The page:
One of the most talented singers to emerge from the swing era, Anita O'Day was a master at improvisation and an impressive jazz vocalist. Hard-swinging and hard-living, she had her own unique style that was unmatched by any of her contemporaries. Her vocal abilities could make even the most recognizable standards seem fresh and innovative.
Born Anita Belle Colton in Chicago in 1919, she spent her early years on the dance marathon circuit. She later discovered that she could sing and changed her last name to O'Day, finding work with Max Miller's band in Chicago. After bad experiences during brief tenures with Benny Goodman and Raymond Scott, she was hired by Gene Krupa in 1941, where she finally found a good home.
Together with trumpeter Roy Eldridge, with whom she had a definite on-stage chemistry, O'Day contributed to some of Krupa's biggest hits of that time, including ''Let Me Off Uptown'' and ''Green Eyes.'' Ill-feelings eventually developed between O'Day and Eldridge, the cause of which was never made public, and she decided to leave the band in 1943, briefly joining Woody Herman. She soon returned to Krupa, though, only to have the band break-up shortly thereafter when Krupa was arrested on trumped-up charges of marijuana possession.
O'Day quickly found another home with Stan Kenton's progressive jazz outfit, where she sang on Kenton's first hit recording, ''And Her Tears Flowed Like Wine.'' She left Kenton after only a year to rejoin Krupa, who had formed a new band, but didn't stay long, deciding to strike out on her own in 1946. She recorded for Signature in 1947 and London in 1950 but didn't go into the studio on a regular basis until signing with Verve in 1952.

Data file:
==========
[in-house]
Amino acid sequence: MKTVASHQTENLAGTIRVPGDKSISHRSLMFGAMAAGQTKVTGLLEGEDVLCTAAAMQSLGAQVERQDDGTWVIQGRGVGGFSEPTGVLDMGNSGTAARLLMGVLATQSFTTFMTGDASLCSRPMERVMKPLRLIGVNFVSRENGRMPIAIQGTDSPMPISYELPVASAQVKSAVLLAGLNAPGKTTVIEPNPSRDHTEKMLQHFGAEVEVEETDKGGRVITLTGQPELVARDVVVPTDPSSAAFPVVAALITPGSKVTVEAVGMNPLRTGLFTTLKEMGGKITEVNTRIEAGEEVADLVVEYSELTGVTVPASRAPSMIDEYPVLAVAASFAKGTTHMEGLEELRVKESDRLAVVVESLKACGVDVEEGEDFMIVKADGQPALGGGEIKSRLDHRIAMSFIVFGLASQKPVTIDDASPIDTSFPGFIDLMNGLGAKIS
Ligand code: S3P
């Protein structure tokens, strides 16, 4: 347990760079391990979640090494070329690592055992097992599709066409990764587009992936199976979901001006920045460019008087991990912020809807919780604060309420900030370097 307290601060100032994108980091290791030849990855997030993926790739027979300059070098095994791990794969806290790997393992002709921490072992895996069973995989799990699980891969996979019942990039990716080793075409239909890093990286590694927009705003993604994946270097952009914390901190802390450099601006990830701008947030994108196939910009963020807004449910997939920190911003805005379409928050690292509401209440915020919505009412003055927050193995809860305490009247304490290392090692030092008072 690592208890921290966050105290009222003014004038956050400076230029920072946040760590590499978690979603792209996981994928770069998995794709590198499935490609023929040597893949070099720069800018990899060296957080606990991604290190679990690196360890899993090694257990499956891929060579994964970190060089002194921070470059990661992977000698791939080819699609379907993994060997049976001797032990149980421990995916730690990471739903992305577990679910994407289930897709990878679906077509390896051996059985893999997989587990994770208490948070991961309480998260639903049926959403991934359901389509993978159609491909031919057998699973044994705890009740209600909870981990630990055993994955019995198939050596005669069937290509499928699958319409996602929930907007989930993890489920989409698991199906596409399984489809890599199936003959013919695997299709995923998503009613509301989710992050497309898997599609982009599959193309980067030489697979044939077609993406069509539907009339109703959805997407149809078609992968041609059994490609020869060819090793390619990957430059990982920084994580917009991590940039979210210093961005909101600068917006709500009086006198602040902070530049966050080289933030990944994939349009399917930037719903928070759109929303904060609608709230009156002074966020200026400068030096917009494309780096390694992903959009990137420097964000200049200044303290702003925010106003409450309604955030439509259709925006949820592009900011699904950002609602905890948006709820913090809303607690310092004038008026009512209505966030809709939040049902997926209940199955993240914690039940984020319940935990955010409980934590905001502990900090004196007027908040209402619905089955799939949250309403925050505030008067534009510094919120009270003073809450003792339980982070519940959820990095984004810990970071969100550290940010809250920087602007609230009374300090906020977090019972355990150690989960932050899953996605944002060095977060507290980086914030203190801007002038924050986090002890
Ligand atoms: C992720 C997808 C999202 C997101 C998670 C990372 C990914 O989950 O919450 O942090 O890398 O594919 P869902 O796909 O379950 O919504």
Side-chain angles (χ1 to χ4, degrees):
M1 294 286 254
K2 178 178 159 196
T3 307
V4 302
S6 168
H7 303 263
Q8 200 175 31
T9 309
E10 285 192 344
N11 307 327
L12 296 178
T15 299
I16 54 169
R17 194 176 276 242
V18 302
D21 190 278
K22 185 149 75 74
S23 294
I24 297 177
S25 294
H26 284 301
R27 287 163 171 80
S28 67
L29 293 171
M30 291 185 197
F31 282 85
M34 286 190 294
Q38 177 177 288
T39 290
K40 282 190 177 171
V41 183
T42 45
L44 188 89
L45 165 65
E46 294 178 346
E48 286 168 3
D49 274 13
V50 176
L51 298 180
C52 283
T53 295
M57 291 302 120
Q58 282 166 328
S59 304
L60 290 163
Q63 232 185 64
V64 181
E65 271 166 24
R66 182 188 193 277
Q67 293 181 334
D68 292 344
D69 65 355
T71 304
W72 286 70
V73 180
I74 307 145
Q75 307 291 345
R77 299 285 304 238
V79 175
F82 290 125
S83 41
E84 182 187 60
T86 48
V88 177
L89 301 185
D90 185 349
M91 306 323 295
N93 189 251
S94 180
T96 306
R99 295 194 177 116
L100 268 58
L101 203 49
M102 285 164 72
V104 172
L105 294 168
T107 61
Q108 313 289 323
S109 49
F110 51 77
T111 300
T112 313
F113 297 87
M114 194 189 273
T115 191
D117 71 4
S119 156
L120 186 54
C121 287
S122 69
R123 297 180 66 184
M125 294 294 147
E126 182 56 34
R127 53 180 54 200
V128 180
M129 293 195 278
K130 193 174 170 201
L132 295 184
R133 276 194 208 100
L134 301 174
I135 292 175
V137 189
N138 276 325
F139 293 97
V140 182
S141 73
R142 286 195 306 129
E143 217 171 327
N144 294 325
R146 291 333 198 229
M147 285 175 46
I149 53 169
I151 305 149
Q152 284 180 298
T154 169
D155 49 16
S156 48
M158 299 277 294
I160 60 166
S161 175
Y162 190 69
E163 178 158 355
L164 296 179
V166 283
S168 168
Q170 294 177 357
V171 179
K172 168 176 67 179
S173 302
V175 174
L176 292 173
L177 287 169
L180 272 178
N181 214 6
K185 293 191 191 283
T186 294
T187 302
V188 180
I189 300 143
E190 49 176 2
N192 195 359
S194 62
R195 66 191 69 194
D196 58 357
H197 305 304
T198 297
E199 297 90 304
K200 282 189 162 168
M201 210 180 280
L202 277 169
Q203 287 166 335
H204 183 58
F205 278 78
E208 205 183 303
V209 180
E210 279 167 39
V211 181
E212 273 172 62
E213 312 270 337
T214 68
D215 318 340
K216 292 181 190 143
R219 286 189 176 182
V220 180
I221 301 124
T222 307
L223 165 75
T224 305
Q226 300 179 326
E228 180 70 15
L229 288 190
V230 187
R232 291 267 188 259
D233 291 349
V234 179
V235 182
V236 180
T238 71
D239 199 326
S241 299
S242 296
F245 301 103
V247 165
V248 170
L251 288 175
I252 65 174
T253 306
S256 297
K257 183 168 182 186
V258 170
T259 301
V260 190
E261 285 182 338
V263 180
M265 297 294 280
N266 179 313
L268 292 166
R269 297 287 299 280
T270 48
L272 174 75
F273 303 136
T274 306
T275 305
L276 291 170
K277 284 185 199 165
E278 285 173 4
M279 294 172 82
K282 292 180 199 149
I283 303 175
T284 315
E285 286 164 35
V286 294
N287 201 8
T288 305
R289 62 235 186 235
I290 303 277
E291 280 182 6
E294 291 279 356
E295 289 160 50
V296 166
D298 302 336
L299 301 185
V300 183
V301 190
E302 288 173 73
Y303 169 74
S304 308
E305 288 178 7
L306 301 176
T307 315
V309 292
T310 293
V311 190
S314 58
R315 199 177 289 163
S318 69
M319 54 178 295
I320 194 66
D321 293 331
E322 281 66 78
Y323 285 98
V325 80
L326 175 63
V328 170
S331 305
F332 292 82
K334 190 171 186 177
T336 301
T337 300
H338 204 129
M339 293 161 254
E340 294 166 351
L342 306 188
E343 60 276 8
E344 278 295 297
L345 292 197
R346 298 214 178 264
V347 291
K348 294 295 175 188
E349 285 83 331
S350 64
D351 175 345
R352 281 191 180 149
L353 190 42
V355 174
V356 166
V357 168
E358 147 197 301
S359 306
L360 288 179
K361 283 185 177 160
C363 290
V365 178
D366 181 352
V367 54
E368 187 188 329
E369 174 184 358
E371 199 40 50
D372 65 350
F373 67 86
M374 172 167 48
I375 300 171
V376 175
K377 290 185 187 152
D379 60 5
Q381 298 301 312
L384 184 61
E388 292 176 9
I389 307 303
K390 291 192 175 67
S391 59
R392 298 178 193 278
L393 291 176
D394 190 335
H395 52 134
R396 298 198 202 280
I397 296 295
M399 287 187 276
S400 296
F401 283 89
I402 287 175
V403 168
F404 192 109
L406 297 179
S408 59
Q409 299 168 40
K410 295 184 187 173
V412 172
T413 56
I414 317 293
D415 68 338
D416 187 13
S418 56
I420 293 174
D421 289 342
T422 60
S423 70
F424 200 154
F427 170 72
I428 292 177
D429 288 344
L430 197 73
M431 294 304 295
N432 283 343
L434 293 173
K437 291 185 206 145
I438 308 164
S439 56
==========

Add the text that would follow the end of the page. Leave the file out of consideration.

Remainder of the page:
O'Day struggled at first. It wasn't until the release of her 1955 LP, Anita, (the very first LP released by Verve) that she finally found success as a solo artist. Soon she was in demand at major jazz festivals, and she began to work with other top performers, such as Louis Armstrong, George Shearing, Oscar Peterson, Billy May, Cal Tjader, Count Basie, and Thelonious Monk. Her addiction to heroin, though, began to take its toll in the early 1960s and her career after 1963 became erratic. She physically collapsed in 1967 and spent the next three years trying to kick her drug and alcohol addictions.
After a comeback at the 1970 Berlin Jazz Festival, O'Day recorded several more albums, some on her own label, Emily Records. In 1981 she released her autobiography, High Times, Hard Times. Though her voice gradually began to deteriorate, she continued performing and recording throughout the 1980s and into the 1990s. Anita O'Day currently lives in Southern California and still sings professionally.